“I know that the world doesn’t know about the Israeli left,” Marcia tells me sadly.

We don’t talk, either, about the latest West Bank marchers killed over the past weekend. Or the 11 year-old Palestinian boy shot dead last Sunday whilst playing outside his house, as advancing Israeli forces pursued protesters.

But we must. Not least because fates like these provide tinder for today’s war in Gaza, as Hamas lobs thousands of ineffective rockets into Israel that serve a symbolic purpose more than anything. The current Gaza conflict has much of its roots in West Bank grievances. Likewise, “we are all Gaza” is a phrase you hear often in the Occupied Territories these days.

For in-the-trenches activists like Marcia and Sami, real, lasting Israel-Palestine peace will be achieved not simply through treaties signed by a few men behind big desks. It will be wrought through popular protest and open, grassroots dialogue between communities. It must come from a cultural shift, in which both sides can be “rehumanized.”

“Every Israeli is afraid,” Marcia tells me. “People are afraid of the Palestinians. They are afraid of war. They are afraid of the hatred. Most of them don’t realize that it’s us that are creating the hatred…I’m trying to figure out ways to bring out the facts of the Occupation into the Israeli consciousness, in a way that it won’t be blocked out and denied.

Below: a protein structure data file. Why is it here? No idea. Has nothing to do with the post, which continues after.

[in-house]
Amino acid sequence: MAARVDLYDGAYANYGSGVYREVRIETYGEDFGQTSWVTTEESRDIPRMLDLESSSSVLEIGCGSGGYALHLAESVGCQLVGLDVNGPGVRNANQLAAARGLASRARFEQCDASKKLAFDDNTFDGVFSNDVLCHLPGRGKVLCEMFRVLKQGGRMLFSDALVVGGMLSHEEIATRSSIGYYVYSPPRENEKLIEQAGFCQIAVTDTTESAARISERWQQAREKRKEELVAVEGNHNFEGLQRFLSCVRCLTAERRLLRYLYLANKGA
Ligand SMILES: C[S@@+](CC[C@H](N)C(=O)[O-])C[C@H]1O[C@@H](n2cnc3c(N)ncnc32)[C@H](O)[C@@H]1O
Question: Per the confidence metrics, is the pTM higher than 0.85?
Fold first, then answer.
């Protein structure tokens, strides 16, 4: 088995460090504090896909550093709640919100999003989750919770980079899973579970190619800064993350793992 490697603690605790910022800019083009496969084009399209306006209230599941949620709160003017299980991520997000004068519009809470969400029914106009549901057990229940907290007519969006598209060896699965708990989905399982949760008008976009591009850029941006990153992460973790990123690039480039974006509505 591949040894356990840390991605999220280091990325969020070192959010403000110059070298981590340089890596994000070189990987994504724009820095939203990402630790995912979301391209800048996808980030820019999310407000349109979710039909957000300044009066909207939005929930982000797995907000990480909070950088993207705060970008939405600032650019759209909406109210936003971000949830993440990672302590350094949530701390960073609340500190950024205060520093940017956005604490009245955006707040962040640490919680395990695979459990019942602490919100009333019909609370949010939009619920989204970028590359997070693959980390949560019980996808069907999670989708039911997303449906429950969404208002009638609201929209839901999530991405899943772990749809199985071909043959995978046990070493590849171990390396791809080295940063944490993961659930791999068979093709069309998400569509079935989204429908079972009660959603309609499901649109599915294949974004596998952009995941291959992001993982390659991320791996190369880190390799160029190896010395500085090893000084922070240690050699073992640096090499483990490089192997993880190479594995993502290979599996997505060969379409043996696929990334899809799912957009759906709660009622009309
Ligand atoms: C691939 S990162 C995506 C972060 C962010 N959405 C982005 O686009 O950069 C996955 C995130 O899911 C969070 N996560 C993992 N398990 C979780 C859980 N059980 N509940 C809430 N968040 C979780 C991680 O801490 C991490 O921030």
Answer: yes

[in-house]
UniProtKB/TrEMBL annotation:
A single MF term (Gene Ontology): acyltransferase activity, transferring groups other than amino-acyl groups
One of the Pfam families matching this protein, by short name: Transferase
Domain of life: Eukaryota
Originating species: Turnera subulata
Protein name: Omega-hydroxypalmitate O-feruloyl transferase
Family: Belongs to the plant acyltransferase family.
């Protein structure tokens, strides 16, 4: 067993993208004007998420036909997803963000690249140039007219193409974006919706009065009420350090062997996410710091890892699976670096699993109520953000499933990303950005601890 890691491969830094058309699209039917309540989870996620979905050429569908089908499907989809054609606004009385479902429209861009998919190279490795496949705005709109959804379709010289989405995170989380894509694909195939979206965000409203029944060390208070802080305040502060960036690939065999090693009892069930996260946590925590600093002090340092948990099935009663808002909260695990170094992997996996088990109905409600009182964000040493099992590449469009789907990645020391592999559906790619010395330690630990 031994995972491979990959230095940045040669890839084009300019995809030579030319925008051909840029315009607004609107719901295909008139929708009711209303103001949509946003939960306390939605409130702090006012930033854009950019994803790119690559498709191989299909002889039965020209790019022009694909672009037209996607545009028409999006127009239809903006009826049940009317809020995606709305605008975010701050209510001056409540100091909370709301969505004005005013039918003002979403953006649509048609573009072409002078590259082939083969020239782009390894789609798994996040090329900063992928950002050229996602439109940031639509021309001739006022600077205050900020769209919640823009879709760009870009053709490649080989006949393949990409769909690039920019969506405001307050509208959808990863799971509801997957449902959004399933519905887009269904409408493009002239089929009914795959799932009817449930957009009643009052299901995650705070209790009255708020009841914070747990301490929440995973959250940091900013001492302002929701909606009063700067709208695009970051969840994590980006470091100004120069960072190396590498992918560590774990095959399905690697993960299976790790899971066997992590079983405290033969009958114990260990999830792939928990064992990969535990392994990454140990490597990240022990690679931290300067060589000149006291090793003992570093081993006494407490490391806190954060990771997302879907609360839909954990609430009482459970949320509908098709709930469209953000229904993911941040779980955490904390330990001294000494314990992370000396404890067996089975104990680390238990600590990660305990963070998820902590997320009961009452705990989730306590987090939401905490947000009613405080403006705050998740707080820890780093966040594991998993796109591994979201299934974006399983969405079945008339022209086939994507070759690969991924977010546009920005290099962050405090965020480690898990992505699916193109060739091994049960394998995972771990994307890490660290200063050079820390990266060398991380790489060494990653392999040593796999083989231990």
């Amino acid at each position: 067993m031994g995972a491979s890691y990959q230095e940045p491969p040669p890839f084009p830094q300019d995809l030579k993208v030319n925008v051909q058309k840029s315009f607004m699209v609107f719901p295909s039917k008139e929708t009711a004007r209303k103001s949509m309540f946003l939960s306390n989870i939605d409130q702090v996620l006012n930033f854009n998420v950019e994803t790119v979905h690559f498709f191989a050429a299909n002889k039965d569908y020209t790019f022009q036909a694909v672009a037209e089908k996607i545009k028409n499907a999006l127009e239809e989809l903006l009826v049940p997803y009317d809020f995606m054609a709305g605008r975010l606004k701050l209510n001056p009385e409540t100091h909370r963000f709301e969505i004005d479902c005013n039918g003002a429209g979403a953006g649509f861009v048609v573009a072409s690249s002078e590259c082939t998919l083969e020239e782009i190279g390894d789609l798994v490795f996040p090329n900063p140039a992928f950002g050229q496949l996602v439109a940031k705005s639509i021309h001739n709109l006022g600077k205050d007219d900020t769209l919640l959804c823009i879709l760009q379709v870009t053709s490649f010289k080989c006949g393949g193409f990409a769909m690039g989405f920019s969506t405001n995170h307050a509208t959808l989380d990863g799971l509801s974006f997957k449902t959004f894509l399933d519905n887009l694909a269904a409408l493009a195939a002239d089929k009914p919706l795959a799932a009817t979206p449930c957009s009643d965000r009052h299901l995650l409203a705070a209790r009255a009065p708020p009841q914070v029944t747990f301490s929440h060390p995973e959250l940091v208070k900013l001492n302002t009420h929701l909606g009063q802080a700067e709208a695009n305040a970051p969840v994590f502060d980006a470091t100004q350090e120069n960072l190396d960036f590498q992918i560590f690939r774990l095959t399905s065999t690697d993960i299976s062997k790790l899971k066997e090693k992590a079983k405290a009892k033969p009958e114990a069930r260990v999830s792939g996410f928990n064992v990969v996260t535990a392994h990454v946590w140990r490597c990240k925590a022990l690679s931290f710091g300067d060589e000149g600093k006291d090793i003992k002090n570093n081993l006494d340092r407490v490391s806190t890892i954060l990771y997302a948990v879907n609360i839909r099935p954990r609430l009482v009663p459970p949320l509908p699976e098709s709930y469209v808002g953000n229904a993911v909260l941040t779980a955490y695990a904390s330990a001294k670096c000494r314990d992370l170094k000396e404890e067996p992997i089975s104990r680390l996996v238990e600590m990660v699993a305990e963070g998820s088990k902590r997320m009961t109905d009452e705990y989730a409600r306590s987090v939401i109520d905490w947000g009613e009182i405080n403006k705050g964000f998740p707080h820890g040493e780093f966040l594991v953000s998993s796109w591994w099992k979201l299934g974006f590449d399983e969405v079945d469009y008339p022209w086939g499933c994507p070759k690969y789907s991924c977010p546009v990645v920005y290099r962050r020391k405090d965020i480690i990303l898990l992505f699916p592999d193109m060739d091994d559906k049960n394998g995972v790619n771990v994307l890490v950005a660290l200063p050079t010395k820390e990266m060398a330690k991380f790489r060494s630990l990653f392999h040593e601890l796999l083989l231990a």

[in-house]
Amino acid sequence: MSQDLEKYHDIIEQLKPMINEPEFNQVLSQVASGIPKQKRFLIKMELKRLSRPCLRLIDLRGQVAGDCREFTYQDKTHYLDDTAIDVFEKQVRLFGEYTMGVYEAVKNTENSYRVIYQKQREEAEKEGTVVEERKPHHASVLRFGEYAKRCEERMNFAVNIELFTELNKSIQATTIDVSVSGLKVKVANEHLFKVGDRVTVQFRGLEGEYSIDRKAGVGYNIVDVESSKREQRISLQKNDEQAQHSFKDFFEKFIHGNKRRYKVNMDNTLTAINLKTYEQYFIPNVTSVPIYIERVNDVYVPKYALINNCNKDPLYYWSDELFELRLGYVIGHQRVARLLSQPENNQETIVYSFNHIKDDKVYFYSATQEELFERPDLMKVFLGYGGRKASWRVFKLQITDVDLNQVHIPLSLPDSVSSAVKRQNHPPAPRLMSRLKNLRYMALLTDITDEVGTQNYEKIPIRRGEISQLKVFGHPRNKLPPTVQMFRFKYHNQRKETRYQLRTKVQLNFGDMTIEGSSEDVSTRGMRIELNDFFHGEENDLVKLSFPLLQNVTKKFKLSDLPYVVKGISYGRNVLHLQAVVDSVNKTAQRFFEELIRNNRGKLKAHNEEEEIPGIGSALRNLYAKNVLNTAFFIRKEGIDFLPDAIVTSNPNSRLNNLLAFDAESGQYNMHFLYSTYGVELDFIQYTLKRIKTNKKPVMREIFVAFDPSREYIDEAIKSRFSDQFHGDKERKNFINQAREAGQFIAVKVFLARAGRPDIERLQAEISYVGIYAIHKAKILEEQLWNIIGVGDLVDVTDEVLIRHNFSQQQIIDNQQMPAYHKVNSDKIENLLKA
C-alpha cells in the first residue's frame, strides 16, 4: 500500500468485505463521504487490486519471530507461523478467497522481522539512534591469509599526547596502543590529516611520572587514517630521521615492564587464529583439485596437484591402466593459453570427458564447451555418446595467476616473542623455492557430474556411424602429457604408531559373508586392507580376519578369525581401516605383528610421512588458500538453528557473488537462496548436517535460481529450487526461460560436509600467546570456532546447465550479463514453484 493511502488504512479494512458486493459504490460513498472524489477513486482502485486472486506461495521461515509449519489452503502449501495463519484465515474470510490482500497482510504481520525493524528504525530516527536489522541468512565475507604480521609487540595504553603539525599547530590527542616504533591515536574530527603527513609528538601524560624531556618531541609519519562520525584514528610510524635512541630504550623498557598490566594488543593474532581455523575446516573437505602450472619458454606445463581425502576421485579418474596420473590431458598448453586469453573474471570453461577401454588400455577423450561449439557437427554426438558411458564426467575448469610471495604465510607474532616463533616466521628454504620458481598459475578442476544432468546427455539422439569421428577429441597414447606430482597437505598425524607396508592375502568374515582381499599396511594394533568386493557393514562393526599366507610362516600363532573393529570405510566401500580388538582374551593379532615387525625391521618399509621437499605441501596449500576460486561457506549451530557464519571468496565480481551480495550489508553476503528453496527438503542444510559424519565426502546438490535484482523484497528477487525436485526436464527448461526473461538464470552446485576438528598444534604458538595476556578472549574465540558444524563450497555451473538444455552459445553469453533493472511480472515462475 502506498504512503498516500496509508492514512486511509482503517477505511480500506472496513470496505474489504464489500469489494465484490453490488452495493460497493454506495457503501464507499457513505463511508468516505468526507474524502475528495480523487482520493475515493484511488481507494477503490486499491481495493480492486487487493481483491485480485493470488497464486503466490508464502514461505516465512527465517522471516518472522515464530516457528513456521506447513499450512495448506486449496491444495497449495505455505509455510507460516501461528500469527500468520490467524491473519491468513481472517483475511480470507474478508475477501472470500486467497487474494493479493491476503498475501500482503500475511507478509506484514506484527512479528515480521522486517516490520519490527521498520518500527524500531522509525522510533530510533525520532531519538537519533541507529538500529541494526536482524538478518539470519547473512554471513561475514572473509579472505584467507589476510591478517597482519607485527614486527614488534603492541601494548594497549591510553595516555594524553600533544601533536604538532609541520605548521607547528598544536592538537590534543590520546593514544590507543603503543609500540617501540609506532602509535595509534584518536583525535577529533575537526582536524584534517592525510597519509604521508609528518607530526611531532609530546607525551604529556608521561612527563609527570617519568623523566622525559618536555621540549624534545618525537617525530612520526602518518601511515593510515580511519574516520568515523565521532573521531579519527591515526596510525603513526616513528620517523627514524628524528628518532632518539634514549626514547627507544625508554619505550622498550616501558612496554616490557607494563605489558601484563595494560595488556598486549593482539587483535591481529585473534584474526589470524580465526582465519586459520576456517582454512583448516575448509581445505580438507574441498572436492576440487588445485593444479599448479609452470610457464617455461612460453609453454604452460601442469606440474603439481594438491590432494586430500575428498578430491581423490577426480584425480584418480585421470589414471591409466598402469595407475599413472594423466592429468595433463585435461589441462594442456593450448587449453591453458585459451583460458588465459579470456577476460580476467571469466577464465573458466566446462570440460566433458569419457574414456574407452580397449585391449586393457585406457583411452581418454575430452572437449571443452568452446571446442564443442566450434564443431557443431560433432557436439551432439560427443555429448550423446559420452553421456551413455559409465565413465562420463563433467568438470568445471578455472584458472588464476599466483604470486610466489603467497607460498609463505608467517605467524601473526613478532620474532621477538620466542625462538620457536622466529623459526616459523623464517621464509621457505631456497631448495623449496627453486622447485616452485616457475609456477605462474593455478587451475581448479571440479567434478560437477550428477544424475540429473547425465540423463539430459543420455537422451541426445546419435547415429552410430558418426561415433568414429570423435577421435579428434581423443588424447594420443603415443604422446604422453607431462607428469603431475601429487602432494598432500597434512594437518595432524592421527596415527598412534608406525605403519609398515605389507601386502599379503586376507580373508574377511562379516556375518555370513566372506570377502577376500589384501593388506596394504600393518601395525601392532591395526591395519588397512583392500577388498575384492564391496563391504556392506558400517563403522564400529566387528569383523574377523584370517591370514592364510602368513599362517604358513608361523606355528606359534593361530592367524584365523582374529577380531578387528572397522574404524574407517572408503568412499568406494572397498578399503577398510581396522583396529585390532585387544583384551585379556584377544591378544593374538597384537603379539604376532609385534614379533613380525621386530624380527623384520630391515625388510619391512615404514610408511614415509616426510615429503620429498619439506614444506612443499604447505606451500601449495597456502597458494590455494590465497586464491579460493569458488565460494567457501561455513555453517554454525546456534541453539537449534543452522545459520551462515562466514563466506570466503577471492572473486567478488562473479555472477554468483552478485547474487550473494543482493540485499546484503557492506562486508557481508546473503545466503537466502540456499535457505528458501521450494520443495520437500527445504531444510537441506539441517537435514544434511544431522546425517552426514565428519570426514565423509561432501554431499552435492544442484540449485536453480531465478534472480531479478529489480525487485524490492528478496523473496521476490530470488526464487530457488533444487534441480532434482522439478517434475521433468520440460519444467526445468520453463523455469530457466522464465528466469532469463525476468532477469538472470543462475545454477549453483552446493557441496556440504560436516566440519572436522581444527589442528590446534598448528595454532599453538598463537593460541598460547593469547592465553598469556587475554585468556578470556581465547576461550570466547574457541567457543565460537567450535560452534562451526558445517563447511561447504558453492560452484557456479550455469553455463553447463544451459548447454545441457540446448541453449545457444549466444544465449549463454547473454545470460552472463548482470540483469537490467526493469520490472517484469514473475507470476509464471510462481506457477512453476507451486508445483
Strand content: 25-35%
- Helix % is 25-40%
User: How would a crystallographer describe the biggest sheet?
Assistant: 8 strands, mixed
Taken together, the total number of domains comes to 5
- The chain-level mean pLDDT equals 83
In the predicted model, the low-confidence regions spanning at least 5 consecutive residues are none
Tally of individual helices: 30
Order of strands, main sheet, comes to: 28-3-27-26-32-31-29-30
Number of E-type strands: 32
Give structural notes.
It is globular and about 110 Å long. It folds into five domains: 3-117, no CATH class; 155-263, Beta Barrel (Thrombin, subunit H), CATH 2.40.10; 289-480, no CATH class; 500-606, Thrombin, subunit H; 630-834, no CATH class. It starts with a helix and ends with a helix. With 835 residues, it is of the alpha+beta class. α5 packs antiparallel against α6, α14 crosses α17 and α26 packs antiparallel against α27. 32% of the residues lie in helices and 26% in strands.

They are afraid of the hatred. Most of them don’t realise that it’s us that are creating the hatred.

“Politicians have failed us enough times,” Sami insists. “We can develop a movement of resistance from within. We don’t need to wait for anybody. We can mobilize ourselves. We can organize ourselves. We can become proactively engaged in nonviolence.”

But as the body count for protesters continues to rise, the question is: how much longer will raising a voice mean risking a life?

Perhaps the answer lies in a recent statement made by Sarah Leah Whitson, director of the Middle East division at Human Rights Watch:

The Israeli military is responsible not only for reckless and unlawful killings in Gaza, but also for unlawfully killing Palestinian protesters in the West Bank. Because of (its) long history of operating with virtual impunity, more unlawful killings are predictable — unless Israel’s allies apply meaningful pressure.

Obama, Cameron, et al, you have your marching orders.


First Cologne, Now Sweden: How Left-Wing Apologism Is Fueling Right-Wing Populism

Cologne, North Rhine-Westphalia, Germany - June 12, 2016: Policemen patrolling near Cologne Cathedral and Hauptbahnhof.
Cologne, North Rhine-Westphalia, Germany – 2016: Policemen patrolling near Cologne Cathedral and Hauptbahnhof.

This article originally appeared in The Berggruen Institute on Governance and The Huffington Post’s WorldPost in January 2016.